Santa Fe Mayor Javier Gonzales’ push for 100 percent renewable energy use by the city government within the next decade passed the City Council unanimously this week amid a conversation about how consolidating municipal facilities might help achieve that goal.
Under Gonzales’ resolution, approved Wednesday night, City Manager Brian Snyder will study how the city might overhaul its energy portfolio and move to only nonpolluting energy sources by 2025. A quarter of the city’s energy now comes from renewable sources, primarily solar installations on municipal buildings. The rest of the power for city facilities comes from the Public Service Company of New Mexico.
Moving away from fossil fuels would place Santa Fe in a class with an increasing number of “green” municipalities nationwide. Already, five U.S. city governments consume only renewable energy, according to the Sierra Club, an environmental advocacy group, and many more have committed to reaching that target in coming decades.
Gonzales also introduced a resolution this week that would amend the city’s investment policy to ensure that its fiscal agent, Wells Fargo, does not put any city funds into fossil fuels.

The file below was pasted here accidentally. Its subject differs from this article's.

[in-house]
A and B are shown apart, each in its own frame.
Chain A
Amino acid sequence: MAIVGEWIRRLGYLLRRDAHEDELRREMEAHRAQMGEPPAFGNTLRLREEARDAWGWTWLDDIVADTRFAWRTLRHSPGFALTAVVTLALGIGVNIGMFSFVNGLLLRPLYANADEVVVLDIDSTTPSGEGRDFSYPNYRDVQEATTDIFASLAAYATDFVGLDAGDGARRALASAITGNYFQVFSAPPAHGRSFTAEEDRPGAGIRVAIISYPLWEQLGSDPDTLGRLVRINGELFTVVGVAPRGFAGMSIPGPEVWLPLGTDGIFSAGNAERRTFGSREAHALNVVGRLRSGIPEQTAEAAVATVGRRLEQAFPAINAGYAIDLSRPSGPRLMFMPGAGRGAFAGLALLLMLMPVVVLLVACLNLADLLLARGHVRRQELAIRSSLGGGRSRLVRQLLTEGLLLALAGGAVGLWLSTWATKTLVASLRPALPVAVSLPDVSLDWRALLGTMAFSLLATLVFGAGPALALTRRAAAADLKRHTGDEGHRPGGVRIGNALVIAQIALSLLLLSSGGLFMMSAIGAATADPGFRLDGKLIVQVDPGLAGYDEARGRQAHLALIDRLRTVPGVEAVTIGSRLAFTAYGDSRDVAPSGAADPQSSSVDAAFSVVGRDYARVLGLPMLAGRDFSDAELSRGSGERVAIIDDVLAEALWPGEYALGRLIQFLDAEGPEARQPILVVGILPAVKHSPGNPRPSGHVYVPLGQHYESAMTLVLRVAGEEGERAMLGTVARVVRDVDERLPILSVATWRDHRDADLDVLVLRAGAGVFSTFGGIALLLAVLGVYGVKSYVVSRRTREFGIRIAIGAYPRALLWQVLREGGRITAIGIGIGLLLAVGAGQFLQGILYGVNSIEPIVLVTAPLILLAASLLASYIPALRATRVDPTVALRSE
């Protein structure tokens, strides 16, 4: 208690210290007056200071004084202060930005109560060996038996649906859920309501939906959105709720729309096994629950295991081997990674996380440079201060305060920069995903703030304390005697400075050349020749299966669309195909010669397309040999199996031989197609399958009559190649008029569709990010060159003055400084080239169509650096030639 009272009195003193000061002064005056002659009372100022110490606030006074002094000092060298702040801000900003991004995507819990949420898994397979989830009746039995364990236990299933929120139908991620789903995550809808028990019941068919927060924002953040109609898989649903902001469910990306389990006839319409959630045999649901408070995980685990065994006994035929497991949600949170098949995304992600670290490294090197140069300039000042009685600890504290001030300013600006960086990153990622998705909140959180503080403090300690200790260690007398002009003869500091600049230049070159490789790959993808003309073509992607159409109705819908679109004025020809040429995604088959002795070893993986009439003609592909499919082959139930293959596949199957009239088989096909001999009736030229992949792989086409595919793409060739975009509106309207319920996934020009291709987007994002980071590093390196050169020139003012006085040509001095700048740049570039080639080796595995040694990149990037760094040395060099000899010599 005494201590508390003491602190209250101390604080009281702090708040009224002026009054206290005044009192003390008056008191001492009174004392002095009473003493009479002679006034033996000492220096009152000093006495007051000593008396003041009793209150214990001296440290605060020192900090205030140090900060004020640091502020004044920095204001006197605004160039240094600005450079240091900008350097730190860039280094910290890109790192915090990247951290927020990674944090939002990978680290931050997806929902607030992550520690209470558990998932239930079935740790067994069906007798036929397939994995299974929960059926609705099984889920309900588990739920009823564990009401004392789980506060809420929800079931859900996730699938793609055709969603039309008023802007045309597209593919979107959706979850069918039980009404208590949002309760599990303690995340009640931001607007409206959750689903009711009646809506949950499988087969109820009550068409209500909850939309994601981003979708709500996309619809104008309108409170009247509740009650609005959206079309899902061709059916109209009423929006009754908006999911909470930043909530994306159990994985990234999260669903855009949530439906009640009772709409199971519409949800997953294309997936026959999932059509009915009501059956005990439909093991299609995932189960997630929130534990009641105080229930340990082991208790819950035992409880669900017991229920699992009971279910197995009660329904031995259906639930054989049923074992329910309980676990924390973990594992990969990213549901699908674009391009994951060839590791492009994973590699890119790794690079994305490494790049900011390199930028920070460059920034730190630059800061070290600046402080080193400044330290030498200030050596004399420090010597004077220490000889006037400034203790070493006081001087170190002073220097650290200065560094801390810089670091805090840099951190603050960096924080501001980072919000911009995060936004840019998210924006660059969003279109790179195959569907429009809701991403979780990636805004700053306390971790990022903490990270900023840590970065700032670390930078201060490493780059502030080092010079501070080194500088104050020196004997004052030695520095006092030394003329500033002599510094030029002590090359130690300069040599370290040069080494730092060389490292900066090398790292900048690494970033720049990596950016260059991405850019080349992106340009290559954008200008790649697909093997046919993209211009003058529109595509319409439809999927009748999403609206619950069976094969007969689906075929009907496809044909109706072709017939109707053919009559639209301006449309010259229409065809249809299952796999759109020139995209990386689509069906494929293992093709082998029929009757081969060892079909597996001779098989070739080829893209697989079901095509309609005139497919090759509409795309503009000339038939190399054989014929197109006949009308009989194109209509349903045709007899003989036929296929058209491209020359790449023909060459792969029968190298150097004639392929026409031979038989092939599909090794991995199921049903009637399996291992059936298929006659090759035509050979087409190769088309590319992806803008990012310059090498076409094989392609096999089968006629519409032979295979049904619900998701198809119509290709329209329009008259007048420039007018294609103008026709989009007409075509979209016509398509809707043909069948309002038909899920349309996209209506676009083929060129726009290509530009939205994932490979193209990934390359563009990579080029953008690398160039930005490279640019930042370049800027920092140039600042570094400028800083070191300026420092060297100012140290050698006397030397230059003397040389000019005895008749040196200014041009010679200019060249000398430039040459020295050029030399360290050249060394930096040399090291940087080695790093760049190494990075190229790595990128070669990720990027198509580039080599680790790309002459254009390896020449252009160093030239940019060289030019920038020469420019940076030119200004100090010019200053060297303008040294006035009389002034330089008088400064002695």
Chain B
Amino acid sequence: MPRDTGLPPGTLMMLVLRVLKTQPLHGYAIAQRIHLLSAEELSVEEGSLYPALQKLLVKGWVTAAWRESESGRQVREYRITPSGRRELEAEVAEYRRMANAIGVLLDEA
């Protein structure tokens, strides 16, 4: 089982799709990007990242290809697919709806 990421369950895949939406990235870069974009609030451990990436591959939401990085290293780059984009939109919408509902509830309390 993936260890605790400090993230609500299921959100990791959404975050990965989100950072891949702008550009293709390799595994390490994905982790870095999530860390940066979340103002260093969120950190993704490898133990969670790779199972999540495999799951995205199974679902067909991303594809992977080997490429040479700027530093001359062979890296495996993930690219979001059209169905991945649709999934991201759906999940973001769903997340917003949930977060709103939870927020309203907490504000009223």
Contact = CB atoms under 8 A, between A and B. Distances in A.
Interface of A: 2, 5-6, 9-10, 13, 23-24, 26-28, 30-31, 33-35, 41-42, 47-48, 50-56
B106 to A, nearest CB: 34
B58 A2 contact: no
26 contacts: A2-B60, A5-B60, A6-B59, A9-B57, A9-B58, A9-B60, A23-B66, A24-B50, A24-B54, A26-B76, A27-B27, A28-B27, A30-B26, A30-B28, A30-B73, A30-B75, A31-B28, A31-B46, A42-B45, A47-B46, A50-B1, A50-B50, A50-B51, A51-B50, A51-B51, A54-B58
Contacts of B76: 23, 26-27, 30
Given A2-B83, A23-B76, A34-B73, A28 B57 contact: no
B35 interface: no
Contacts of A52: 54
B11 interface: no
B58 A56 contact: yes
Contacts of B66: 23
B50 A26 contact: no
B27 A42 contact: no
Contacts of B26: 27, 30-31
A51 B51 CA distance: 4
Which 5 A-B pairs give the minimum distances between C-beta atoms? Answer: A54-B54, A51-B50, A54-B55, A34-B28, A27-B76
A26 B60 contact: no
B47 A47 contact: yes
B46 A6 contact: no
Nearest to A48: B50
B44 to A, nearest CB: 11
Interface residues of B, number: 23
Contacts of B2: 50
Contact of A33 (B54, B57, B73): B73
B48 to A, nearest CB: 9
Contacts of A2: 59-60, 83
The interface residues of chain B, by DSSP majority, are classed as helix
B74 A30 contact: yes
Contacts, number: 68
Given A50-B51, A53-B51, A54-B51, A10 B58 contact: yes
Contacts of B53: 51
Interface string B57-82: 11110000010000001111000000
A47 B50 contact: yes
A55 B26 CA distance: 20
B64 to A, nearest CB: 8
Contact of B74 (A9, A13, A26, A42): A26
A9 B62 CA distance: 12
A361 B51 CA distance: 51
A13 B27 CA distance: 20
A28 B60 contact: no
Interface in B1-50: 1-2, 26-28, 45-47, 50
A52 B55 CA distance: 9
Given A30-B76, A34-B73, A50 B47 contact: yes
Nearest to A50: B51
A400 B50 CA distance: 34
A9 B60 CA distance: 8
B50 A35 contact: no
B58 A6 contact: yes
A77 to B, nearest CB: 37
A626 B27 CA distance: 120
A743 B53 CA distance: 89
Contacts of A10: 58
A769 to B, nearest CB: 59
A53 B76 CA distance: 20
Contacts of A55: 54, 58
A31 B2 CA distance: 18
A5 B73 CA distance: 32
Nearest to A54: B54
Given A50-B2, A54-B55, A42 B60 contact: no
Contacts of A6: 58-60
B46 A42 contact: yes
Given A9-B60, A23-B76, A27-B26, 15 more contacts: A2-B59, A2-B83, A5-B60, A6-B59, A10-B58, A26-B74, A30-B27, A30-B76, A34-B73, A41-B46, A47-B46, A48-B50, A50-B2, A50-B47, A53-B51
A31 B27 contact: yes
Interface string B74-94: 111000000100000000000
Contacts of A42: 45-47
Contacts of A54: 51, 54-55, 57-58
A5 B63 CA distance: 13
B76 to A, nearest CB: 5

Gonzales has acknowledged that the proposed eight-year time frame to reach the goal of 100 percent renewable energy is ambitious, but he believes it is achievable, given improvements in solar technology. The city now spends between $5.5 million and $6 million each year on energy costs, he said.
Councilor Mike Harris on Wednesday wanted to know whether the study would consider a consolidation of city facilities as a means of bringing down that number.
“We’re scattered in at least five different facilities, depending on how you count,” Harris said. “Whether it’s energy, personnel — there’s a number of inefficiencies associated with the way we’re organized.”
Gonzales said consolidation would be a key consideration. Retrofitting existing city facilities to be more energy efficient is cost-prohibitive, he said.
The study “opens up the door for the manager and public works director to present a smarter option in how we think about the long-term use of city facilities,” Gonzales said.
Snyder said he had already begun discussing a possible consolidation of city buildings with staff and that he would incorporate into the study those ideas of how the city could economize its spaces.
Harris, mentioning the resolution’s requirement that the study be complete within 90 days, seemed concerned that the time frame was too tight to adequately address what would be such a consequential undertaking.
Snyder said he would not present a finalized plan for city actions but rather recommendations by that 90-day deadline.
Meanwhile, the Sustainable Santa Fe Commission is in the process of composing its 25-year sustainability plan, an overview of short- and long-term policy recommendations for reducing the city’s carbon output and bolstering green initiatives.
John Alejandro, city liaison to the advisory commission, said a draft of the plan would be ready by the first week of November.